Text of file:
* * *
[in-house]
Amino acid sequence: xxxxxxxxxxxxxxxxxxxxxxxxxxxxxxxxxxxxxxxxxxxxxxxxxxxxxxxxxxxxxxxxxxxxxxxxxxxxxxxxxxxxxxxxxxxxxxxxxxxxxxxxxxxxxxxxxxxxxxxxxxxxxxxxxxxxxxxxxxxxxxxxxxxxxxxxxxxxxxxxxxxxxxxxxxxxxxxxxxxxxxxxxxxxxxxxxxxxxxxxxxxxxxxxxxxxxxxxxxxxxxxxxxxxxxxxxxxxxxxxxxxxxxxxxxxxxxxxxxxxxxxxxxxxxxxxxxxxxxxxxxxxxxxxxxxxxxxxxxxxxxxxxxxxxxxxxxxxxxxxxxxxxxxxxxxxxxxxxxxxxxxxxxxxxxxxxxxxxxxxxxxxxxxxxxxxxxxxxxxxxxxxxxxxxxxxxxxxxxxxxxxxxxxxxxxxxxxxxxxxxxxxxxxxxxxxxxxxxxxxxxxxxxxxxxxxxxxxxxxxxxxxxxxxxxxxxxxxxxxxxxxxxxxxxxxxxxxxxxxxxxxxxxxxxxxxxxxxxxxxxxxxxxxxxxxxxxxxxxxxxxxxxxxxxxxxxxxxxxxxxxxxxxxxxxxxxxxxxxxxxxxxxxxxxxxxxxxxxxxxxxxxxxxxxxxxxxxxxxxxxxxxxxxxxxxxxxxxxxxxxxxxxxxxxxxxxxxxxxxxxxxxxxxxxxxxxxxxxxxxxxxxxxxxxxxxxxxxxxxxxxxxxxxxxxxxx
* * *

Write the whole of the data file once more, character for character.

[in-house]
Amino acid sequence: xxxxxxxxxxxxxxxxxxxxxxxxxxxxxxxxxxxxxxxxxxxxxxxxxxxxxxxxxxxxxxxxxxxxxxxxxxxxxxxxxxxxxxxxxxxxxxxxxxxxxxxxxxxxxxxxxxxxxxxxxxxxxxxxxxxxxxxxxxxxxxxxxxxxxxxxxxxxxxxxxxxxxxxxxxxxxxxxxxxxxxxxxxxxxxxxxxxxxxxxxxxxxxxxxxxxxxxxxxxxxxxxxxxxxxxxxxxxxxxxxxxxxxxxxxxxxxxxxxxxxxxxxxxxxxxxxxxxxxxxxxxxxxxxxxxxxxxxxxxxxxxxxxxxxxxxxxxxxxxxxxxxxxxxxxxxxxxxxxxxxxxxxxxxxxxxxxxxxxxxxxxxxxxxxxxxxxxxxxxxxxxxxxxxxxxxxxxxxxxxxxxxxxxxxxxxxxxxxxxxxxxxxxxxxxxxxxxxxxxxxxxxxxxxxxxxxxxxxxxxxxxxxxxxxxxxxxxxxxxxxxxxxxxxxxxxxxxxxxxxxxxxxxxxxxxxxxxxxxxxxxxxxxxxxxxxxxxxxxxxxxxxxxxxxxxxxxxxxxxxxxxxxxxxxxxxxxxxxxxxxxxxxxxxxxxxxxxxxxxxxxxxxxxxxxxxxxxxxxxxxxxxxxxxxxxxxxxxxxxxxxxxxxxxxxxxxxxxxxxxxxxxxxxxxxxxxxxxxxxxxxxxxxxxxxxxxxxxxxxxxxxxxxxxxxxxx